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People who transferred to UChicago, what was your experience like?

zstar18zstar18 6 replies1 threadsRegistered User New Member
Hi everyone! So I’m planning to transfer out of my current college (large, public university) because although it’s an excellent school it’s not at all the best fit for me. I am making a list of schools that I’m planning to apply to. UChicago is one of the schools, but recently I read articles about how poorly transfer students are treated. So for all you UChicago transfers, how was your experience?

TL;DR: Thinking of applying to transfer at UChicago and want to know what the transfer experience is like.
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Replies to: People who transferred to UChicago, what was your experience like?

  • JHSJHS 18382 replies71 threadsRegistered User Senior Member
    Are you a first year student, or a second year student?

    If the former . . . give your new university a chance! Most "large public universities" have first-rate academic offerings if you figure out where to look for them, and part of that "large" is a diverse group of students that no doubt includes many of the same sort of people you would hang with at the University of Chicago. You may not need to transfer at all.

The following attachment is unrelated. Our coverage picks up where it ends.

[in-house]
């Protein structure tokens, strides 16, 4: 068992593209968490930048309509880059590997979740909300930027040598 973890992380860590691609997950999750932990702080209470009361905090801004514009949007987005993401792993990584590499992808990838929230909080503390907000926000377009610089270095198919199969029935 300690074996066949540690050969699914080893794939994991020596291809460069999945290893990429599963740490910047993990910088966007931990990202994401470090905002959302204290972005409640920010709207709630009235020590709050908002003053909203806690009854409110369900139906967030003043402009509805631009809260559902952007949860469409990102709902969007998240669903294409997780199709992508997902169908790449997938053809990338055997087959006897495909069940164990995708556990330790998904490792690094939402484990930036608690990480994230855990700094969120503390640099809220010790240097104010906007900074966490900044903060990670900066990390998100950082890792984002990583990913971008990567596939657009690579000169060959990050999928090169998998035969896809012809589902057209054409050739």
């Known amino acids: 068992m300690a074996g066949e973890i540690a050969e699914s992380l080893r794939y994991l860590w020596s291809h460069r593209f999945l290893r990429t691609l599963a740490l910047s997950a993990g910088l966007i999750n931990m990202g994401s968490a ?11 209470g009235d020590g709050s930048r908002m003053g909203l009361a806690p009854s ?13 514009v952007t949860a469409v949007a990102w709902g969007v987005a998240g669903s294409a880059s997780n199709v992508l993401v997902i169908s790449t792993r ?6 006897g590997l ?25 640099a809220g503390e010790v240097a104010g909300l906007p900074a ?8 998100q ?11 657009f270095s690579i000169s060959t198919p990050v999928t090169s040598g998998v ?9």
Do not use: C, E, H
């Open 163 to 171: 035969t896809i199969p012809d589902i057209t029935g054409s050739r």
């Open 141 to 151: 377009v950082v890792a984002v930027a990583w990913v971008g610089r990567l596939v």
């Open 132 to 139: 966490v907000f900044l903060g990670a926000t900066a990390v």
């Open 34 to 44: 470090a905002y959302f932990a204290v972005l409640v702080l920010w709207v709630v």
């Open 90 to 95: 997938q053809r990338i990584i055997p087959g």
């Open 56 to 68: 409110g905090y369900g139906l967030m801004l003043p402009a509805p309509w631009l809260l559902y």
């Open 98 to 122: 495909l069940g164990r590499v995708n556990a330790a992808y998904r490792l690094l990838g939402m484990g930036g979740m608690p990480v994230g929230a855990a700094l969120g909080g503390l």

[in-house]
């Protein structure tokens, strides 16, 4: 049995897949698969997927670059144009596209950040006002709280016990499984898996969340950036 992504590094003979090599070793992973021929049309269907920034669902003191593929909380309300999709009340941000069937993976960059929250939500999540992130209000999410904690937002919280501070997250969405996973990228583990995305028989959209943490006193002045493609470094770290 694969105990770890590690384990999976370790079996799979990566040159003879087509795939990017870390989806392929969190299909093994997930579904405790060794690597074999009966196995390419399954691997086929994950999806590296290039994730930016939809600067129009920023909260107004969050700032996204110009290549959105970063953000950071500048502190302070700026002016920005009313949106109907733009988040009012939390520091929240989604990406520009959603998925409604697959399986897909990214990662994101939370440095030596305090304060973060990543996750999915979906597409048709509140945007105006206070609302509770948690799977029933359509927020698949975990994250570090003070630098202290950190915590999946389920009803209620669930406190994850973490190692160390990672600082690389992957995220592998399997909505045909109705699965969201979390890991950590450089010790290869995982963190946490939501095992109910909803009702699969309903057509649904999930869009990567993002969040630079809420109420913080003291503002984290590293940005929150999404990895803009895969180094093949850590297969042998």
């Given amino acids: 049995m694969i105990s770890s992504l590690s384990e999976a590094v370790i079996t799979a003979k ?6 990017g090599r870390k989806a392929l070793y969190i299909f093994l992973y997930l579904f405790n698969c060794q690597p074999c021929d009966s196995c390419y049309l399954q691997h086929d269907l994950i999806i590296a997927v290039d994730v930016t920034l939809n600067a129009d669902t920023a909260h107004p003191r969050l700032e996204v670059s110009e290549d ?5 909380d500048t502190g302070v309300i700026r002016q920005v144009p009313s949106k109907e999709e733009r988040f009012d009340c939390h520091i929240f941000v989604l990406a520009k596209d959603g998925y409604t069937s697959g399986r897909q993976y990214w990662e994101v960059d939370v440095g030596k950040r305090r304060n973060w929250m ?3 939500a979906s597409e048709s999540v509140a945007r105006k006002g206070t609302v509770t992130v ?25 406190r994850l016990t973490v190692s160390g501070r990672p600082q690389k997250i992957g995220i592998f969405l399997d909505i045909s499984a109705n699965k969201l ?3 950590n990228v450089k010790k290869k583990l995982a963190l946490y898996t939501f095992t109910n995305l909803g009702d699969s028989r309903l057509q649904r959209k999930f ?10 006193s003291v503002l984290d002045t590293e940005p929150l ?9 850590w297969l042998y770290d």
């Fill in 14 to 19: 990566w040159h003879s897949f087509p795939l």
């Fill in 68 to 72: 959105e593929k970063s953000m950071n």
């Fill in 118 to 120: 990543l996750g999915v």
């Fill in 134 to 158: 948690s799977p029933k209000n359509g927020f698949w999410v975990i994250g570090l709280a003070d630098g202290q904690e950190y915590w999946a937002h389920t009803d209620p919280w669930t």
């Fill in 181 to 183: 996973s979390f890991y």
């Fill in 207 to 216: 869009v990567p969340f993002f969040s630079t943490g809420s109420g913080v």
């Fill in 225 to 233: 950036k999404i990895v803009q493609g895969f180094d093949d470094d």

If the latter (if either, really) . . . pay attention to how the Chicago core curriculum will affect you. You can't place out of most of it, you can't get credit against a big part of it for courses taken anywhere else, and it doesn't count towards any major requirements. In effect, if you transfer in to the University of Chicago as a third-year student you are almost guaranteed to need 2-3 extra quarters to graduate. Even people who transfer in as second-years have to do some serious planning to graduate on time without taking (and paying for) extra quarters,

    That said, there was a period when Chicago was housing all transfer students together in one unpopular off-campus dorm. That wasn't optimal, and people complained about it, but I think that period is over. My son's last girlfriend at Chicago was a transfer (after one year elsewhere), and she had few complaints other than the dorm and being very limited in the electives she could take if she wanted to graduate on time. It doubtless helped that she is a very outgoing person and that she immediately got involved with the University Theater, which at the time was (and likely still is) the largest, most active student organization there,
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  • zstar18zstar18 6 replies1 threadsRegistered User New Member
    edited September 10
    Hi! Thanks for your insight! I guess I wasn’t super clear in my original post about some things - I am a first year student, and while my current school has a great student body (I enjoy the company of many of my peers), it’s far larger than I’d like and missing some of the key things I’m looking for in both its program for my major and many of my extracurricular interests.
    edited September 10
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